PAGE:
Structured products mean different things to different people. Generally we might consider them to have helped power the inexorable rise of the financial services sector in recent decades, of great service to the public good.
Individually, however, many of us will have had experience at some point or another of structures with outcomes far from good. The truth probably lies somewhere in between. Getting to the heart of the structure itself is often the problem, and this can undermine confidence and lead to losses.
Legal, tax and financial engineering has enabled a revolution in the investment industry since de-regulation in the 1980s. Insurance bonds, special purpose companies, unitisation, personal equity plans (Peps), wraps, self-invested personal pensions (Sipps), Isas, real estate investment trusts, venture capital trusts, enterprise investment schemes, exchange-traded funds (ETFs), credit default swaps (CDS), contracts for difference (CFDs), derivatives – they have all been at the forefront of industry innovation and sophistication.
But there are some elements of ‘structure’ that warrant closer scrutiny. At the risk of being simplistic, a distinction can be usefully drawn between two main groups of structured products: those which facilitate access, ownership and transfer and are broadly legal and tax-driven in design; and those which package and tailor investment risk and return profiles. The first group involves a focus of legal and accounting expertise, and generally should serve long-term solutions or capital sums of sufficient scale over which the costs can be amortised economically. The beneficiaries should be expected to continue to benefit from such structures over the full term, even though their personal circumstances may change in the meantime.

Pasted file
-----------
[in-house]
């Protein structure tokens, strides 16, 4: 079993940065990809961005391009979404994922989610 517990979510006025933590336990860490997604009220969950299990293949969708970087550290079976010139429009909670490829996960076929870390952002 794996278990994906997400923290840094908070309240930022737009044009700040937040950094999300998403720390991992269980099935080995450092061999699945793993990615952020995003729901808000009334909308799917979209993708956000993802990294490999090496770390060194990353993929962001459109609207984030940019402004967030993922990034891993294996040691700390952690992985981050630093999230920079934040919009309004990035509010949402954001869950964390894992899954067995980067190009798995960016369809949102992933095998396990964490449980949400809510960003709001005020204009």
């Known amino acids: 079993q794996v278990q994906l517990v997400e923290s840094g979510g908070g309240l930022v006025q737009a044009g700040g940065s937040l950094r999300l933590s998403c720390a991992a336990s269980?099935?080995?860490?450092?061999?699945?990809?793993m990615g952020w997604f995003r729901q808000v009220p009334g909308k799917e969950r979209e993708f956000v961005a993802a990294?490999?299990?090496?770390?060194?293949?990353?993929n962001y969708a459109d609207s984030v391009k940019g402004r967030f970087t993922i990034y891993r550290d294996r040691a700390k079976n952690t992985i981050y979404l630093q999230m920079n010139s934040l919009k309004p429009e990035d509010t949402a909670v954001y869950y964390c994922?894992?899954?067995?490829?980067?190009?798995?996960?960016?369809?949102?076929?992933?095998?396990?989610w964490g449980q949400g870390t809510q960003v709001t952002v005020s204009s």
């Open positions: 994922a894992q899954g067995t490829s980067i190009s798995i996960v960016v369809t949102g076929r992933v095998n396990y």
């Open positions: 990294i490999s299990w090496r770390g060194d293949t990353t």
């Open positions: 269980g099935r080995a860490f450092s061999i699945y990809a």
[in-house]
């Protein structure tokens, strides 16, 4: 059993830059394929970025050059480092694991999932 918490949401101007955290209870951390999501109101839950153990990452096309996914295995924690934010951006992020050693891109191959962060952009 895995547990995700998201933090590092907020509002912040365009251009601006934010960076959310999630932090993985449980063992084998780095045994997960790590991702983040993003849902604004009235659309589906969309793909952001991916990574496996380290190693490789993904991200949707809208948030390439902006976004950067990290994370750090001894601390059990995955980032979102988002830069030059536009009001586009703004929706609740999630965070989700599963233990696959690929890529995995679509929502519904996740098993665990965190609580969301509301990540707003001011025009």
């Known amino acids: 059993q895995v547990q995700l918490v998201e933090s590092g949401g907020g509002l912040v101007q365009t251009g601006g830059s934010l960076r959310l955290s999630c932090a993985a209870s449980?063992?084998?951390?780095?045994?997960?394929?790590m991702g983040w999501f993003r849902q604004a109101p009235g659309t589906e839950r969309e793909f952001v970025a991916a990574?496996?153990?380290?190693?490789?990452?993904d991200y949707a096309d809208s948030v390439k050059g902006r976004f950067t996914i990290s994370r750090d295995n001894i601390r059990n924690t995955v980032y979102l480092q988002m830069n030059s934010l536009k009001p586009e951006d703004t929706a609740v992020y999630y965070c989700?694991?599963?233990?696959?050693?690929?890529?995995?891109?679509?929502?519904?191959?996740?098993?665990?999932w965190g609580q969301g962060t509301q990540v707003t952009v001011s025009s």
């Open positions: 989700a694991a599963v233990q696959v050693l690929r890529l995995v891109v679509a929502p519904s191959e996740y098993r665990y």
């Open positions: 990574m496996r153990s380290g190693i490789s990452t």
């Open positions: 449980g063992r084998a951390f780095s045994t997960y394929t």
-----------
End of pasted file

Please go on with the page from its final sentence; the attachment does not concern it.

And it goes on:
The second group involves a focus on financial engineering more than the legal or tax basis of the structure. Whether guarantees, enhanced returns, embedded derivatives, leverage, opaqueness, or sheer complexity are involved, living with these kinds of structure for the full term can become uncomfortable. Investment markets and appetites for risk tend to shift around a fair bit for most investors. There comes a point in every cycle where investors look more closely at the risks of a structure and are less interested in the returns that attracted them in the first place. It is at this moment that the real risks and value of a structure can be a challenge to define, liquidity diminishes, and losses are realised.
While all boats rise on the flow of the economic tide, the need to understand the fundamental or intrinsic value of assets becomes much keener when it starts to ebb away – something akin to Warren Buffett’s homely ‘swimming trunks’ analogy.
The easier you can get at that, the better, but any elements of structure and complexity make it harder. Consider the opaqueness of value (risk) in crises of the past: mortgage banks and securitisations (savings and loans banks, 1980s); emerging market loans (1980s), structured return caps, floors, collars, ranges, knock-outs and knock-ins (1990s); split capital trusts (1990s); special purpose vehicles and the whole panoply of off balance sheet financing vehicles that led us into the vortex of our own Great World Debt crisis of 2007. This recent one has been given many rather euphemistic names – ‘the credit crisis’, ‘subprime crisis’, ‘sovereign debt crisis’, and ‘Great Recession’ – but apparently it has consistently been ‘unprecedented’ in its nature. And yet so many features have been seen before, and probably will be again – Lord Mervyn King’s new book will likely feature on many a reading list this summer.